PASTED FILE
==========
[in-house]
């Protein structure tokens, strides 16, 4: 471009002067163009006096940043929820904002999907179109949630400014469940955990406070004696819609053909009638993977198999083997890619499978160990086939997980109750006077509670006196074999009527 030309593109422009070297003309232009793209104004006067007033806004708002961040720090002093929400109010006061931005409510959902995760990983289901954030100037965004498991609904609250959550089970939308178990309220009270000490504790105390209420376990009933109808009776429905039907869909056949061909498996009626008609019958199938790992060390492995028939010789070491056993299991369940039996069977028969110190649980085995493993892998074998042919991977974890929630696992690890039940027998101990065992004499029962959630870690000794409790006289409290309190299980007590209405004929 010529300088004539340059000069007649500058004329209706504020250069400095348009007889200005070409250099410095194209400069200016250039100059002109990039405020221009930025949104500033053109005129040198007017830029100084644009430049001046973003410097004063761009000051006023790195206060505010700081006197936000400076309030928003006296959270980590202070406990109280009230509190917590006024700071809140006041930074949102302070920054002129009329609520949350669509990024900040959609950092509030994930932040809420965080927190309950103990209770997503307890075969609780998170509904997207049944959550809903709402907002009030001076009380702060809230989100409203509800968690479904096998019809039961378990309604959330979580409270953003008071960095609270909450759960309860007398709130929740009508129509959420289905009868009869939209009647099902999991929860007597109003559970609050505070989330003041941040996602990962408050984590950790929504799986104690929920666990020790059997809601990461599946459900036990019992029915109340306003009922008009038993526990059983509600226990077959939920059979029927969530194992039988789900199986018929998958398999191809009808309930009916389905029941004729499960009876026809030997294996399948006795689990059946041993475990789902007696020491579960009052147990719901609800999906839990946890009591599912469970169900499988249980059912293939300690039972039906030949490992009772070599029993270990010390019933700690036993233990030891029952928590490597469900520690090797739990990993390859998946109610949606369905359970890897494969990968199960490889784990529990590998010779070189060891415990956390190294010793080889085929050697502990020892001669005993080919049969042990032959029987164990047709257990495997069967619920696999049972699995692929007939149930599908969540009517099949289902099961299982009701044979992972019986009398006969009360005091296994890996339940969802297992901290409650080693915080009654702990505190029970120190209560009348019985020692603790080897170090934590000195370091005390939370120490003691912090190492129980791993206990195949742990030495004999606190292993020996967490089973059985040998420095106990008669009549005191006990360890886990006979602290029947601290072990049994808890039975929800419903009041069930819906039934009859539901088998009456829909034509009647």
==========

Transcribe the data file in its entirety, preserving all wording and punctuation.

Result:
[in-house]
């Protein structure tokens, strides 16, 4: 471009002067163009006096940043929820904002999907179109949630400014469940955990406070004696819609053909009638993977198999083997890619499978160990086939997980109750006077509670006196074999009527 030309593109422009070297003309232009793209104004006067007033806004708002961040720090002093929400109010006061931005409510959902995760990983289901954030100037965004498991609904609250959550089970939308178990309220009270000490504790105390209420376990009933109808009776429905039907869909056949061909498996009626008609019958199938790992060390492995028939010789070491056993299991369940039996069977028969110190649980085995493993892998074998042919991977974890929630696992690890039940027998101990065992004499029962959630870690000794409790006289409290309190299980007590209405004929 010529300088004539340059000069007649500058004329209706504020250069400095348009007889200005070409250099410095194209400069200016250039100059002109990039405020221009930025949104500033053109005129040198007017830029100084644009430049001046973003410097004063761009000051006023790195206060505010700081006197936000400076309030928003006296959270980590202070406990109280009230509190917590006024700071809140006041930074949102302070920054002129009329609520949350669509990024900040959609950092509030994930932040809420965080927190309950103990209770997503307890075969609780998170509904997207049944959550809903709402907002009030001076009380702060809230989100409203509800968690479904096998019809039961378990309604959330979580409270953003008071960095609270909450759960309860007398709130929740009508129509959420289905009868009869939209009647099902999991929860007597109003559970609050505070989330003041941040996602990962408050984590950790929504799986104690929920666990020790059997809601990461599946459900036990019992029915109340306003009922008009038993526990059983509600226990077959939920059979029927969530194992039988789900199986018929998958398999191809009808309930009916389905029941004729499960009876026809030997294996399948006795689990059946041993475990789902007696020491579960009052147990719901609800999906839990946890009591599912469970169900499988249980059912293939300690039972039906030949490992009772070599029993270990010390019933700690036993233990030891029952928590490597469900520690090797739990990993390859998946109610949606369905359970890897494969990968199960490889784990529990590998010779070189060891415990956390190294010793080889085929050697502990020892001669005993080919049969042990032959029987164990047709257990495997069967619920696999049972699995692929007939149930599908969540009517099949289902099961299982009701044979992972019986009398006969009360005091296994890996339940969802297992901290409650080693915080009654702990505190029970120190209560009348019985020692603790080897170090934590000195370091005390939370120490003691912090190492129980791993206990195949742990030495004999606190292993020996967490089973059985040998420095106990008669009549005191006990360890886990006979602290029947601290072990049994808890039975929800419903009041069930819906039934009859539901088998009456829909034509009647």